This study also further confirmed that the payback time for most insulation materials decreases from 30 years to 16 years when insulation thickness is increased from an R4 to an R24. A further increase in thermal resistance would therefore lead to fewer carbon emissions due to the ability of the structure to better minimize the amount of heat loss occurring. A greater R-value can be achieved in several ways with the most common being increasing insulation thickness in the walls or roof.
The environmental benefits of certain biobased insulation materials were further highlighted by the KPMG study as it showed a significant decrease in the amount of embodied carbon contained within cellulose, hemp, wood, and straw insulation materials. The biogenic materials these insulations are made of regularly undergo photosynthesis in which they sequester atmospheric carbon dioxide by transforming it into biomass or placing large quantities into the surrounding soil. If the carbon sequestered out of the atmosphere is greater than the carbon emitted during the extraction, manufacturing, and installation of these insulation materials, they can be classified as carbon sinks. Although this practice has yet to become mainstream in North America, numerous studies have shown the use of these eco-friendly insulation materials is highly beneficial and feasible for a range of applications. Protecting a home from heat loss by means of installing secure and thermally resistant insulation is just one step towards creating a more energy-efficient society. Selecting an insulation material will low GWP and high embodied carbon are just the cherry on the cake in the process of becoming a net-zero home or building. Home and building owners that take action towards transforming their home energy usage will inevitably play a massive role in combatting climate change by limiting our reliance as a society on excess energy usage and waste.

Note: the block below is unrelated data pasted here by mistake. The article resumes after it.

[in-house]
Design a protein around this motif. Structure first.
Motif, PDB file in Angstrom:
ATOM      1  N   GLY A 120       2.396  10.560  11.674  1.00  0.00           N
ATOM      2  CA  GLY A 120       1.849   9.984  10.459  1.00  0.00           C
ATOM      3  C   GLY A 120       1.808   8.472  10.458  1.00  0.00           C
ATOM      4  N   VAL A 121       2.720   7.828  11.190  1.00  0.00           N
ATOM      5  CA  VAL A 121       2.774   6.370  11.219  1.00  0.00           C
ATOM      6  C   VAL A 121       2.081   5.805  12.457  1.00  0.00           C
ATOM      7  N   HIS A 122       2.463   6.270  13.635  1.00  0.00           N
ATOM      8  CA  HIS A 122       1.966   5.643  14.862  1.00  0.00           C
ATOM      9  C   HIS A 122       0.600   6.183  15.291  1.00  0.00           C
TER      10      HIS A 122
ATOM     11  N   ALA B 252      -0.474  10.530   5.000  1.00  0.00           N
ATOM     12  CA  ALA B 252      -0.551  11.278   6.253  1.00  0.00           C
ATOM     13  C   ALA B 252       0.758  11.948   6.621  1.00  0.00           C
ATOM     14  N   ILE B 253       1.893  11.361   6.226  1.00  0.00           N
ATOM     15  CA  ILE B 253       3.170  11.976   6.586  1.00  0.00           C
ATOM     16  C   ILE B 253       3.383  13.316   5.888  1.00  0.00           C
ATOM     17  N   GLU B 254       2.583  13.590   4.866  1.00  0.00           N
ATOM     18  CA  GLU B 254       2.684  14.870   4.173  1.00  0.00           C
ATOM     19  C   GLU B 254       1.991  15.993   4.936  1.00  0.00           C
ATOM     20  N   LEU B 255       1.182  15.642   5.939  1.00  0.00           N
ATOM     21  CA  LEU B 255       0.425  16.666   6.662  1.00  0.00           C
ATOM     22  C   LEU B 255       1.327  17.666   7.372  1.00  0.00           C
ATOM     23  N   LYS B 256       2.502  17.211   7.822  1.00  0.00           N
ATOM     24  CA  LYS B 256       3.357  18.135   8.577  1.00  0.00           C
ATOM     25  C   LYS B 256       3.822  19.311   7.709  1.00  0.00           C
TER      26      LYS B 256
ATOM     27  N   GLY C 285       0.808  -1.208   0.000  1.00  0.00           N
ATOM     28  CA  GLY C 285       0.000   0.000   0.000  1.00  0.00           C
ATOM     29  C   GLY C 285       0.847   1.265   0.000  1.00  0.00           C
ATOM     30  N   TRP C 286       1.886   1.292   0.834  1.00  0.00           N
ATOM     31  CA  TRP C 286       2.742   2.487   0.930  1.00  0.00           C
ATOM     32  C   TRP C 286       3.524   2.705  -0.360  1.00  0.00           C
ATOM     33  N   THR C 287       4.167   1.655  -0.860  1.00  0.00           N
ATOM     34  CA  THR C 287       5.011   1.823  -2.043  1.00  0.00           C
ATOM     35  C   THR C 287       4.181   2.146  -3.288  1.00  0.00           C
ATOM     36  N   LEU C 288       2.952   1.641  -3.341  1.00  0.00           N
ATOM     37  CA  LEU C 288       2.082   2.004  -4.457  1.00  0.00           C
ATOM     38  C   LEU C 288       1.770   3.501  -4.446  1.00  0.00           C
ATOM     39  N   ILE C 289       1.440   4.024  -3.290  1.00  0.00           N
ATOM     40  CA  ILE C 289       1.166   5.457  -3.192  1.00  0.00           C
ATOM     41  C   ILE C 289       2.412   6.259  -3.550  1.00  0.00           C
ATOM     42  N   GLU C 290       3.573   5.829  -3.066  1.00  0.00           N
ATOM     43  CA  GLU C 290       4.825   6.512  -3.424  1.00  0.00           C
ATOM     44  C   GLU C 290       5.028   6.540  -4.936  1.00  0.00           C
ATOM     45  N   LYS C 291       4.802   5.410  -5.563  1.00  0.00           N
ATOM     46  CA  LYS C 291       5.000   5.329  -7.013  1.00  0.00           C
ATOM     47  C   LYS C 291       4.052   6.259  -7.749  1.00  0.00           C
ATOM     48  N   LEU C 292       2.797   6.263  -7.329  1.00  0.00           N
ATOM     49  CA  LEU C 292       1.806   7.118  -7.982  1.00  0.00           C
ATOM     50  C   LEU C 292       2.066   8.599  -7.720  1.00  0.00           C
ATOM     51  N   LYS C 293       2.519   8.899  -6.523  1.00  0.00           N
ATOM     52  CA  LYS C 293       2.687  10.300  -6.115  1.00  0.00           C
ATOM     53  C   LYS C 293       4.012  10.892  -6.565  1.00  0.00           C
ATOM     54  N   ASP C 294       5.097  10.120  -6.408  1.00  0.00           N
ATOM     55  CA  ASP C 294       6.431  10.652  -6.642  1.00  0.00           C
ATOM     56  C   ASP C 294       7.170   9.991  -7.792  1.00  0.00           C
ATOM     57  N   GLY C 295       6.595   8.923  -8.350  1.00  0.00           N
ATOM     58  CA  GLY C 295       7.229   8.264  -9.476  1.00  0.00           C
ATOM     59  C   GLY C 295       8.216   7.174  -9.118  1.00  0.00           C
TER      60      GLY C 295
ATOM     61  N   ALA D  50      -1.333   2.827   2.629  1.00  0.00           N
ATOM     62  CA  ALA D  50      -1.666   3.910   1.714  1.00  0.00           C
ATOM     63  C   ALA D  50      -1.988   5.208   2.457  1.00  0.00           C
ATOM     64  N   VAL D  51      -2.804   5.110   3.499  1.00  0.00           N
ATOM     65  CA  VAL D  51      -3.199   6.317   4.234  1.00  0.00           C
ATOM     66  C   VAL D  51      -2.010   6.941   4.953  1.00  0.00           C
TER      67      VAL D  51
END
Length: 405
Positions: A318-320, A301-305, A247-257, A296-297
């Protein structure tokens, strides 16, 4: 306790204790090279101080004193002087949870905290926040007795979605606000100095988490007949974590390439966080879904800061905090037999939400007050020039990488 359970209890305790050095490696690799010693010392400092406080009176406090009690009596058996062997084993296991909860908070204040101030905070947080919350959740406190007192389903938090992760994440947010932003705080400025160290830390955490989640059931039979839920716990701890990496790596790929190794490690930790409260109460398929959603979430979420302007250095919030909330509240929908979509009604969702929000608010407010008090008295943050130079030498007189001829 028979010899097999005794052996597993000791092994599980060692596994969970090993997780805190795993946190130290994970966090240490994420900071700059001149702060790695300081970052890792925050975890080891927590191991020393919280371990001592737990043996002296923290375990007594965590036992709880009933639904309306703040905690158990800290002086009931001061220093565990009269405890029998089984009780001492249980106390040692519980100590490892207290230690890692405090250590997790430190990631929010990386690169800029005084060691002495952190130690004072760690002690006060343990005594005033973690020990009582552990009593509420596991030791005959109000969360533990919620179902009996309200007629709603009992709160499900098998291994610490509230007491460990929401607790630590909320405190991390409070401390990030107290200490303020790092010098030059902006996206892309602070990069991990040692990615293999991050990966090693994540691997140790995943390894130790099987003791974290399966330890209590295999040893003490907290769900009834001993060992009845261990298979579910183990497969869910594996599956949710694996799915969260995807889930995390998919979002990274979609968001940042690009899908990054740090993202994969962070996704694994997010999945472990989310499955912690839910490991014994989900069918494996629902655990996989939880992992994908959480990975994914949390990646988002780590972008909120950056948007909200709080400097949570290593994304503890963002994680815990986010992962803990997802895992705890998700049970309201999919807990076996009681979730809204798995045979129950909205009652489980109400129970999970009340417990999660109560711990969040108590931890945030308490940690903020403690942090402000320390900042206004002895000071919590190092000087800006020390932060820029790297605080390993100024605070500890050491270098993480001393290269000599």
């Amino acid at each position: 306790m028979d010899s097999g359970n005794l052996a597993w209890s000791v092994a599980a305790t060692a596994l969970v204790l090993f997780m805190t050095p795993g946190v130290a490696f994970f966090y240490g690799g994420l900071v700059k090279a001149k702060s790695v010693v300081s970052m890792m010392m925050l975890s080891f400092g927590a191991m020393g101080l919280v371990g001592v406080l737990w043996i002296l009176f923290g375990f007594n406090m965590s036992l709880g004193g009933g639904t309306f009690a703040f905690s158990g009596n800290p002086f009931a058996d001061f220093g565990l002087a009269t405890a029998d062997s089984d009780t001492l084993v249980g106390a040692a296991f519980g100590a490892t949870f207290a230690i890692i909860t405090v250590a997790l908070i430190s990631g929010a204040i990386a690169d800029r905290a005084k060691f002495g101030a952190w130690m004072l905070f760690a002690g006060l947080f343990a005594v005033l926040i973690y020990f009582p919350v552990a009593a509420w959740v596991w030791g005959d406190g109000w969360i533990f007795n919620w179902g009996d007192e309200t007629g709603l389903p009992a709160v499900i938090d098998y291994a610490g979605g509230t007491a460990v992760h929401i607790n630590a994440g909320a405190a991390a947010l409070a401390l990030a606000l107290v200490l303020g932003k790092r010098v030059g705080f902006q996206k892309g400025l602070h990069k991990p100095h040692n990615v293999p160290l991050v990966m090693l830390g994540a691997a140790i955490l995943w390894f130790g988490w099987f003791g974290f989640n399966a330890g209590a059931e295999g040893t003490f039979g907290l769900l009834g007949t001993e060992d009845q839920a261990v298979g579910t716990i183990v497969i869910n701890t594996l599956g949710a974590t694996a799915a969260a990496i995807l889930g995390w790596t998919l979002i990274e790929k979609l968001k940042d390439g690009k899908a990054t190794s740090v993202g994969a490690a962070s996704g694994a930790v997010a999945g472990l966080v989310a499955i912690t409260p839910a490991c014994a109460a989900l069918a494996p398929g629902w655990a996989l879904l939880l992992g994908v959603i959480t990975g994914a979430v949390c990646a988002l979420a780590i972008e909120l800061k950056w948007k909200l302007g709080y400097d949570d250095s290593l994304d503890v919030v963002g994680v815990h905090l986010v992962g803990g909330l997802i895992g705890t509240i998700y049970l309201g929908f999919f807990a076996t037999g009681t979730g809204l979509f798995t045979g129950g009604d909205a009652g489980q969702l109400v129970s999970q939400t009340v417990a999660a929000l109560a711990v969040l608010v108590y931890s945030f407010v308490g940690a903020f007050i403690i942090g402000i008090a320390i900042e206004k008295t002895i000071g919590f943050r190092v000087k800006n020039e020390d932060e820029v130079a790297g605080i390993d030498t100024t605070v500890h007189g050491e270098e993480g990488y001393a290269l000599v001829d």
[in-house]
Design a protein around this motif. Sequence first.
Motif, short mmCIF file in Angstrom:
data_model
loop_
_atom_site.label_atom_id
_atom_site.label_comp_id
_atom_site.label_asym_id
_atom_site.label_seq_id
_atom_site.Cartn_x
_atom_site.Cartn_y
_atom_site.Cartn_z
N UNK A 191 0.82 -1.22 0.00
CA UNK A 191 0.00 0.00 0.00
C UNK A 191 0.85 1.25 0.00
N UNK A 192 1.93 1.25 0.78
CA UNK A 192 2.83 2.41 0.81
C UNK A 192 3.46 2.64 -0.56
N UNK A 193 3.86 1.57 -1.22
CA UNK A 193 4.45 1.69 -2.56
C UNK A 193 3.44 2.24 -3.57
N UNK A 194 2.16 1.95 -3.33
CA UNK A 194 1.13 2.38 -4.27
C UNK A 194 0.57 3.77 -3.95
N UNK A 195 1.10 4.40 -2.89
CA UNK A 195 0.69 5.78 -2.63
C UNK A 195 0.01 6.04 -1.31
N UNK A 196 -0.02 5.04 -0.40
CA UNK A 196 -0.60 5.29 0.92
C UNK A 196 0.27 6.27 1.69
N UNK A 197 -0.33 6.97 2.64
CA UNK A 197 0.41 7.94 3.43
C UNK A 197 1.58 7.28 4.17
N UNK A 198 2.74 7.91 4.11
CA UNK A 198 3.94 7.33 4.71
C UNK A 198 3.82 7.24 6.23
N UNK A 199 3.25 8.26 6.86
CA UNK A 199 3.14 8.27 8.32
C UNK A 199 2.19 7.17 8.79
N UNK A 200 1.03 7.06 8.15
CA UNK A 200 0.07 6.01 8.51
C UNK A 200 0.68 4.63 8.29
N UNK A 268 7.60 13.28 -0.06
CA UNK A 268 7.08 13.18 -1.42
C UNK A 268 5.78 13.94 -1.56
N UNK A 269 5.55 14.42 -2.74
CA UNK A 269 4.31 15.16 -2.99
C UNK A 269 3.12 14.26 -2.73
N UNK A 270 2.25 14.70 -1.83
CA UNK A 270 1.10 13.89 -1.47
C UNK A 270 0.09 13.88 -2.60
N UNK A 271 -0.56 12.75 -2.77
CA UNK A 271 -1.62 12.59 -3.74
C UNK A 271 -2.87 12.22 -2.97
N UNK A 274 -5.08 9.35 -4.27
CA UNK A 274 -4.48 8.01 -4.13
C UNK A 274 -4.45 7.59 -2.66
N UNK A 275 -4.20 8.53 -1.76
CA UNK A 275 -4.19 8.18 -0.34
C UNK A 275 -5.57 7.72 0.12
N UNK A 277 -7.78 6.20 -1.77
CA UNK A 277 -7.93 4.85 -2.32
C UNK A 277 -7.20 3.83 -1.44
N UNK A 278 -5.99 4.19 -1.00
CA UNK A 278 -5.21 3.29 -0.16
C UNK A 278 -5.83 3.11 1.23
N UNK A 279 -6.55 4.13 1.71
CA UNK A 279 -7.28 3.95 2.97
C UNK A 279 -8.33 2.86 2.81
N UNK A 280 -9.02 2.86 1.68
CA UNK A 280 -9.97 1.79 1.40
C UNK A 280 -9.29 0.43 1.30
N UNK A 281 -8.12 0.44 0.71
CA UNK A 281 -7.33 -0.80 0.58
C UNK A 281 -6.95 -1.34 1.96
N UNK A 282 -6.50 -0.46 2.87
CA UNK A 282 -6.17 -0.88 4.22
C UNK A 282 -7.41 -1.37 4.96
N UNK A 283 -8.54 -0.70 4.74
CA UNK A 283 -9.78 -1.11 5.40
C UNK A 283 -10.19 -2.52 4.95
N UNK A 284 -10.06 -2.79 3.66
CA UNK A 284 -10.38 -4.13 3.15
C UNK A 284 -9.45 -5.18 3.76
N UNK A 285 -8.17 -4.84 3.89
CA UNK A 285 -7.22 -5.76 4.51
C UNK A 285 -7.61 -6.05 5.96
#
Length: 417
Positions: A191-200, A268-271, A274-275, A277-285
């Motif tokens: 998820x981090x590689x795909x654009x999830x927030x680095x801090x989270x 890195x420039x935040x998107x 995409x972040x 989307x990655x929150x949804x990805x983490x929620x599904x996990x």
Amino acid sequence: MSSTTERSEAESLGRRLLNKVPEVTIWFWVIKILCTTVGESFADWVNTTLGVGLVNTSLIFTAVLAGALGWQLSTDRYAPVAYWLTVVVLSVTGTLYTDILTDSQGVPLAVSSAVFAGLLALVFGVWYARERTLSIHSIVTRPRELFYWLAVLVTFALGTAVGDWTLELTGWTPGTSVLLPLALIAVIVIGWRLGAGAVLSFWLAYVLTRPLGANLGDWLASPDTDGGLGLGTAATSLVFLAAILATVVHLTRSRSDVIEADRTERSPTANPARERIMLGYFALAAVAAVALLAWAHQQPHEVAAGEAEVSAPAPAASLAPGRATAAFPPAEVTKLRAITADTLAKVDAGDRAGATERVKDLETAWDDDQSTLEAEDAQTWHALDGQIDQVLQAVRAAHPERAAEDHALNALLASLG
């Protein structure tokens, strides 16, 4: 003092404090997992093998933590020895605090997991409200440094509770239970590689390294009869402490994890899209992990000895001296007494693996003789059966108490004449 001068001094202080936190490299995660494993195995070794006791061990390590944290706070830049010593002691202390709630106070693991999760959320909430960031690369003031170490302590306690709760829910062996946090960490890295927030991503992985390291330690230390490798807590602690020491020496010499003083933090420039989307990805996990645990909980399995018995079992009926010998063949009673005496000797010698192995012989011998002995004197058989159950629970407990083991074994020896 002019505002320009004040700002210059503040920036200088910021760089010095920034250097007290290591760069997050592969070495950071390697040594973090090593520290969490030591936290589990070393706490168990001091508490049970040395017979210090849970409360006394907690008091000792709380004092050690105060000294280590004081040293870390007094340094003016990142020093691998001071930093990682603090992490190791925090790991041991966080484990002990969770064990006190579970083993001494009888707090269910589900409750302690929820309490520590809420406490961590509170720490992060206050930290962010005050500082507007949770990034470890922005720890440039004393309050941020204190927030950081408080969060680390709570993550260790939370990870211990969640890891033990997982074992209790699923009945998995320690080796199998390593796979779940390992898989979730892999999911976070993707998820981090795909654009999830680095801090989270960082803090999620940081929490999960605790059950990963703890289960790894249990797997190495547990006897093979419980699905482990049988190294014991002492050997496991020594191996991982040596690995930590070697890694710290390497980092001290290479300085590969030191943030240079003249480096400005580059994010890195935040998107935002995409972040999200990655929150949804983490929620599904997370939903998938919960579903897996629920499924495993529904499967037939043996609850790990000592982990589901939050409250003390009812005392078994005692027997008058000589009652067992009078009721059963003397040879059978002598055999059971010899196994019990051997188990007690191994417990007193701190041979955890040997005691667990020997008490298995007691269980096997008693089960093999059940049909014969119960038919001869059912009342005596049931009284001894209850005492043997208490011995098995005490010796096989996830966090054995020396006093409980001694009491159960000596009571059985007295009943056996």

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says, H. P. T. B. gets new life as a net zero hotel-G. to Z. F. (2020, January 23). Choosing Insulation for Carbon Value – Why More is Not Always Better Part 2. Steven Winter Associates, Inc. http://www.swinter.com/party-walls/choosing-insulation-for-carbon-value-why-more-is-not-always-better-part-2/
Secretary Granholm Announces New Building Energy Codes To Save Consumers Money, Reduce Impacts Of Climate Change. (n.d.). Energy.Gov. Retrieved November 7, 2022, from https://www.energy.gov/articles/secretary-granholm-announces-new-building-energy-codes-save-consumers-money-reduce-impacts
Ten materials that store carbon and help reduce greenhouse gas emissions. (2021, June 27). Dezeen. https://www.dezeen.com/2021/06/27/carbon-negative-carbon-neutral-materials-roundup/